STAFF at a day centre for elderly people fear standards could plummet if council chiefs choose to close or sell off a neighbouring care home.
Employees at Priory Day Centre, in Prittlewell Chase, Westcliff, believe an ongoing review of the future of nearby Priory House could seriously damage the levels of “care and commitment” given to people who use the centre.
Southend Council has earmarked a string of options for the home and Delaware House, in Maplin Way North, Shoebury, which includes shutting one or both of them to save cash.
But Peter Passingham, the assistant branch secretary for Southend Unison, said union members at the day centre were worried about the possible impacts.
He added: “Our service users are very happy with what we provide and, when asked formally, expressed their satisfaction with the care they receive and specifically with the staff group which delivers it.
“The most valuable resource at Priory Day Centre is not the buildings, it is the people.”
The council needs to save £32million over the next three years to stay in the black.
Priory House, built in the Fifties, has 24 beds that each cost more than £774 a week to run.
It is a similar story at Seventies-built Delaware House, where the 28 beds each cost £849 a week.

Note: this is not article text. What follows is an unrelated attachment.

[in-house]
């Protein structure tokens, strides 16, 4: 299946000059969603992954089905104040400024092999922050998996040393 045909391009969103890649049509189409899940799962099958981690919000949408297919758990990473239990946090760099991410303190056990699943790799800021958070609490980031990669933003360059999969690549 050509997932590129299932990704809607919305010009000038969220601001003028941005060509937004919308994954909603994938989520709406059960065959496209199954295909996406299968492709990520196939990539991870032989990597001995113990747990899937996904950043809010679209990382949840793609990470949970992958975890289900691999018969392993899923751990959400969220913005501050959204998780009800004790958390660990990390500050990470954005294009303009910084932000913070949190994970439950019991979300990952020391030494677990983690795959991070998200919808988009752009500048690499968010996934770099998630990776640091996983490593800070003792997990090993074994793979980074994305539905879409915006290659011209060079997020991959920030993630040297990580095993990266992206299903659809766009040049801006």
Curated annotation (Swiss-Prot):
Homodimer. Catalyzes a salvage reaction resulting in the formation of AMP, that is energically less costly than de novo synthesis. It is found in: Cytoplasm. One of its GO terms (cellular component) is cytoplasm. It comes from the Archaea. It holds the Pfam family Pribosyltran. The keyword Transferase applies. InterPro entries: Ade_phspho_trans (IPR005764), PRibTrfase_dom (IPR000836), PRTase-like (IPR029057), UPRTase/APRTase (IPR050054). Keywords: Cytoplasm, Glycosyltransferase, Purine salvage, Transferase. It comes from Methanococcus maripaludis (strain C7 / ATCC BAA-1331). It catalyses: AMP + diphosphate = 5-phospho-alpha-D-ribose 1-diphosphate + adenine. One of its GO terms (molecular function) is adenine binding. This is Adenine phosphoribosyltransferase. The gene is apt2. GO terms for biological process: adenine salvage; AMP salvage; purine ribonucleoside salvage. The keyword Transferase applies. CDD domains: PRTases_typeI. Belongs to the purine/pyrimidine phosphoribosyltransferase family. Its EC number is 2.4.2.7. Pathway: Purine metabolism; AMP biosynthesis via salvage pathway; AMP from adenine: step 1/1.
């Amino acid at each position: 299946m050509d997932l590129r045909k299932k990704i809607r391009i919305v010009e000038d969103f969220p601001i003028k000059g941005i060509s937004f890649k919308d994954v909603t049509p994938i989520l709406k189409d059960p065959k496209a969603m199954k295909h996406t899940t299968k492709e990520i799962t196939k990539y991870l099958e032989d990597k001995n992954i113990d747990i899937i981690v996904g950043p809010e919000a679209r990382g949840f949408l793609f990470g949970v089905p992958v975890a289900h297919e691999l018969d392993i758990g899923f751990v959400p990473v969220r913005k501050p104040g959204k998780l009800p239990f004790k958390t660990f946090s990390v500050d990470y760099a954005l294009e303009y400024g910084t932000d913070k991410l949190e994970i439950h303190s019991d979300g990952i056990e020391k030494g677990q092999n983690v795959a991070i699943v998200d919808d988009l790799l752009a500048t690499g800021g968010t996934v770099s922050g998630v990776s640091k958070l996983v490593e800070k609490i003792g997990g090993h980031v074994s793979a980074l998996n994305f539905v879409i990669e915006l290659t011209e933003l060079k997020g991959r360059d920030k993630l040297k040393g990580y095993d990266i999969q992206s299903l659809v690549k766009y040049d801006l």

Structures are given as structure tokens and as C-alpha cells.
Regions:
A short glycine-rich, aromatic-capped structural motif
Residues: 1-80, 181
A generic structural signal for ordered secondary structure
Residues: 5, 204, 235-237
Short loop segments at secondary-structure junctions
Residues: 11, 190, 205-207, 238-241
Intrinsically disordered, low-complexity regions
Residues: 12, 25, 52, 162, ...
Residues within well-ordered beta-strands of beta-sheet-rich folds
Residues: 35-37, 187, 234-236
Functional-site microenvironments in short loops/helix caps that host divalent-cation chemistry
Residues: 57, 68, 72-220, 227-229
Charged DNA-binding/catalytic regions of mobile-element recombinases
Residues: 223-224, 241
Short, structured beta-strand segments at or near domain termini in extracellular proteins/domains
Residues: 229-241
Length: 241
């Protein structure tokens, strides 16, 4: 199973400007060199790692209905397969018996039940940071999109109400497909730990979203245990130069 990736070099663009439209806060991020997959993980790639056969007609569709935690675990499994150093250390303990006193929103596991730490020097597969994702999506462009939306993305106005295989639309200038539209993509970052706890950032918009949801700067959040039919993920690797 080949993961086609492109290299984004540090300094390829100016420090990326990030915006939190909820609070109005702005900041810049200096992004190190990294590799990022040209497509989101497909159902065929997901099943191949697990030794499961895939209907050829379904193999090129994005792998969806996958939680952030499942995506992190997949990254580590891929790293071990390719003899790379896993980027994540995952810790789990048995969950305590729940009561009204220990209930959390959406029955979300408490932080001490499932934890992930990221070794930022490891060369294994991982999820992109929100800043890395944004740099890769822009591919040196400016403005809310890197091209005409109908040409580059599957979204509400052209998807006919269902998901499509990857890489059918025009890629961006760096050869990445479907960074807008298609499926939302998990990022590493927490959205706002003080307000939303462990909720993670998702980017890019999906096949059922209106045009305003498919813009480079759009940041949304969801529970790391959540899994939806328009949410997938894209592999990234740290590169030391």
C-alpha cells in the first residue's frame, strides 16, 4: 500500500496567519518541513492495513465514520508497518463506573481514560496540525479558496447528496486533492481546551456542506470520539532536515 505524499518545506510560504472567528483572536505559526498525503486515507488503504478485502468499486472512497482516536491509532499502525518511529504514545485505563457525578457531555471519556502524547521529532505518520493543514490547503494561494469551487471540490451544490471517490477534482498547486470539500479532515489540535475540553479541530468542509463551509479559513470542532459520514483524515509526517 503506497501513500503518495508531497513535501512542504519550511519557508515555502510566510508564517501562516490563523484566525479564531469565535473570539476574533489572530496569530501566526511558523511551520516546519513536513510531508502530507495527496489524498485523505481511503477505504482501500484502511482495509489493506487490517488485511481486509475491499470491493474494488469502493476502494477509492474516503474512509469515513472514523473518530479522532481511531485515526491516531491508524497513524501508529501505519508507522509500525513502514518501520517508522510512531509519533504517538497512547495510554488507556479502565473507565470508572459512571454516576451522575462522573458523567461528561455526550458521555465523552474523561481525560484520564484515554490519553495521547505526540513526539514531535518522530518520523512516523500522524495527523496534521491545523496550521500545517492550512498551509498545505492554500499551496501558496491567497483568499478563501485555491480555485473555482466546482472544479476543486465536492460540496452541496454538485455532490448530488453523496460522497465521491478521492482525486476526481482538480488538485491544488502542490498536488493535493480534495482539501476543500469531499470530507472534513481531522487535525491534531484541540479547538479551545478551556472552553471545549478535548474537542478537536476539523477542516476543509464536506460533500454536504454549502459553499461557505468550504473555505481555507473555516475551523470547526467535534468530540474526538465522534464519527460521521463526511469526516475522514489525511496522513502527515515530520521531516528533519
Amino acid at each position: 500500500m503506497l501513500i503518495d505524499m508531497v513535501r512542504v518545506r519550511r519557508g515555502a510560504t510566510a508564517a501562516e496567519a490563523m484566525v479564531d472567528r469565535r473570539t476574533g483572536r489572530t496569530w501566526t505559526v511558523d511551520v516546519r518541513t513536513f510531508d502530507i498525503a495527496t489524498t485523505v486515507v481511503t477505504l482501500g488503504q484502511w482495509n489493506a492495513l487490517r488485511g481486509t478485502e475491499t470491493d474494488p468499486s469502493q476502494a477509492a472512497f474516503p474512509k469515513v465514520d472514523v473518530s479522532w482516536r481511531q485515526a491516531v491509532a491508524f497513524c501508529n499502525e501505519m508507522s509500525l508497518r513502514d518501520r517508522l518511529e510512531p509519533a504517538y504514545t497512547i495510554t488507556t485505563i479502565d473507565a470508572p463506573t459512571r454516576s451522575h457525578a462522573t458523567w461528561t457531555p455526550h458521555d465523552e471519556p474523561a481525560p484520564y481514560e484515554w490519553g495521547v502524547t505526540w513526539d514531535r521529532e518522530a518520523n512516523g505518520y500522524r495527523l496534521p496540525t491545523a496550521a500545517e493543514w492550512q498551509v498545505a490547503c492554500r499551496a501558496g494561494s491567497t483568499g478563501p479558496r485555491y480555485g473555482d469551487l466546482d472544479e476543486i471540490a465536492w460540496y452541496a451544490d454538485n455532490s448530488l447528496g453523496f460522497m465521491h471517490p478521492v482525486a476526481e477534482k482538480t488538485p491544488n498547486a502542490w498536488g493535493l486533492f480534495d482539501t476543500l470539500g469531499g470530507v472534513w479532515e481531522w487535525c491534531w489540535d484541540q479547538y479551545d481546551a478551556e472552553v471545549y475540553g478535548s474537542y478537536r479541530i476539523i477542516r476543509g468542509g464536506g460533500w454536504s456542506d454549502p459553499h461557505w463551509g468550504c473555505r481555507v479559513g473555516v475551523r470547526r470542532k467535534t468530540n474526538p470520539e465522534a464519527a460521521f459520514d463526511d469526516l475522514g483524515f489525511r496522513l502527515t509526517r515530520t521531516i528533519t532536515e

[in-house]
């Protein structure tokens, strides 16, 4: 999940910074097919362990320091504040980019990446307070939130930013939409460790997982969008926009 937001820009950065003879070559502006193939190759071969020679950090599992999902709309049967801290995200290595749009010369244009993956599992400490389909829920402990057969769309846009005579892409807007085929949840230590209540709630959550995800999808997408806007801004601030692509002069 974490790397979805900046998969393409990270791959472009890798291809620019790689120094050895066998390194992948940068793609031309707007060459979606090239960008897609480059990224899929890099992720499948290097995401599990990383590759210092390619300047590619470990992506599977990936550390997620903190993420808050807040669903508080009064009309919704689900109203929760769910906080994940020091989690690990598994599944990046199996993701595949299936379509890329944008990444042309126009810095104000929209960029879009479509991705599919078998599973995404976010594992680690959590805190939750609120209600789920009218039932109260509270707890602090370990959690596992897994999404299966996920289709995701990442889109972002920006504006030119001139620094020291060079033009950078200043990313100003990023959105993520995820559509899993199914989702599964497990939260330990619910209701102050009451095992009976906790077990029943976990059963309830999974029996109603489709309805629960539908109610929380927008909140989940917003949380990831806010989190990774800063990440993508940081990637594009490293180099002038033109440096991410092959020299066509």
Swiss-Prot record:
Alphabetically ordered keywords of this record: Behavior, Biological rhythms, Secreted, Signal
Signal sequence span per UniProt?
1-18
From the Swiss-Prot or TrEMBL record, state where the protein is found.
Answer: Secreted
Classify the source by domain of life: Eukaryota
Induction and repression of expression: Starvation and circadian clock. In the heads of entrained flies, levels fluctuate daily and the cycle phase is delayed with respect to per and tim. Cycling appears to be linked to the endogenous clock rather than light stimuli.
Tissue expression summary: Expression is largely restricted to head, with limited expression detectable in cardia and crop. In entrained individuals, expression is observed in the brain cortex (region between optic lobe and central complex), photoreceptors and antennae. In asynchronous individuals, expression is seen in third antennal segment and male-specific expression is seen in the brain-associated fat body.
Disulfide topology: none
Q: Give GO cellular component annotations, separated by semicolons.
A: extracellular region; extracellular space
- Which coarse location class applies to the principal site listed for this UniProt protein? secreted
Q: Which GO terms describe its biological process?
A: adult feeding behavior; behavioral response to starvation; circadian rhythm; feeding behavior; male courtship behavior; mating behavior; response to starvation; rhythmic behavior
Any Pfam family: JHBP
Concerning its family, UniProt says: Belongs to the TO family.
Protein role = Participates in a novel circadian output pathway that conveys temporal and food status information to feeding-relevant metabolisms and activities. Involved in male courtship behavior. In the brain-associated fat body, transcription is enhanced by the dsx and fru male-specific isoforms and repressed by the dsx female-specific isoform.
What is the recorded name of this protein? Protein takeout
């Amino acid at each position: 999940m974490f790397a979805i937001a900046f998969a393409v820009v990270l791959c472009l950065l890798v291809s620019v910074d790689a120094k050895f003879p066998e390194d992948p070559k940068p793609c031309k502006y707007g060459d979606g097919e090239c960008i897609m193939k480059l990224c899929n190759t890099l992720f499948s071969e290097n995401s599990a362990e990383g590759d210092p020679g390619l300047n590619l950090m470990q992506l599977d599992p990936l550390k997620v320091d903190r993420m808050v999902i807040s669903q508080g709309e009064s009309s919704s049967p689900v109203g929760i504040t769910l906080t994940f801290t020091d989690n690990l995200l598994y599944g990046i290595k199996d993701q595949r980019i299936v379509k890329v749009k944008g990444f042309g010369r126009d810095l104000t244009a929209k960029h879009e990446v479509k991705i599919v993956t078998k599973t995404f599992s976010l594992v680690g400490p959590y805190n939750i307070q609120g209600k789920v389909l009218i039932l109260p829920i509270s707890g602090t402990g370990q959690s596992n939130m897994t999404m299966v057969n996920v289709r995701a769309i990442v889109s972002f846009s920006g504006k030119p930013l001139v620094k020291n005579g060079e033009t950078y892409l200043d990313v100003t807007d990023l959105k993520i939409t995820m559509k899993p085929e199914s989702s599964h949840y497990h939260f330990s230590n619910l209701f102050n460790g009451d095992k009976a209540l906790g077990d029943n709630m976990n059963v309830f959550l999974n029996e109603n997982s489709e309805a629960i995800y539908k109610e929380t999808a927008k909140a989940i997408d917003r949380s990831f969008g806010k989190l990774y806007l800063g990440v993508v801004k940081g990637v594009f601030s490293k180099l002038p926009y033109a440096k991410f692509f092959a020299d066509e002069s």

Bosses believe the cost of upgrading the homes to match the standards of the 74 privately-run care homes in the town could be too much to squeeze into their budgets.
Any closures would be done by limiting admissions, allowing the existing patients to live out the rest of their days in the homes.
However, Mike Boyle, the council’s head of commissioning, pointed out the day centre was not actually part of the review and it was “quite possible” the decisions taken on the future of the care homes would have “no impact” on it.
The review is due to be completed early next year, and councillors will then make a decision on the best way forward.
Mr Boyle added: “At the outset, the council made it clear that it wished to undertake the review in an open and transparent way as we are only too aware of the anxieties and concerns that can arise in these circumstances.
“As a result, there have already been a number of meetings with staff and relatives to explain the process and to listen to any anxieties or concerns people may have.
“We will be holding further meetings with staff and their representatives and we will, of course, listen to the concerns being raised by Unison on behalf of their members.”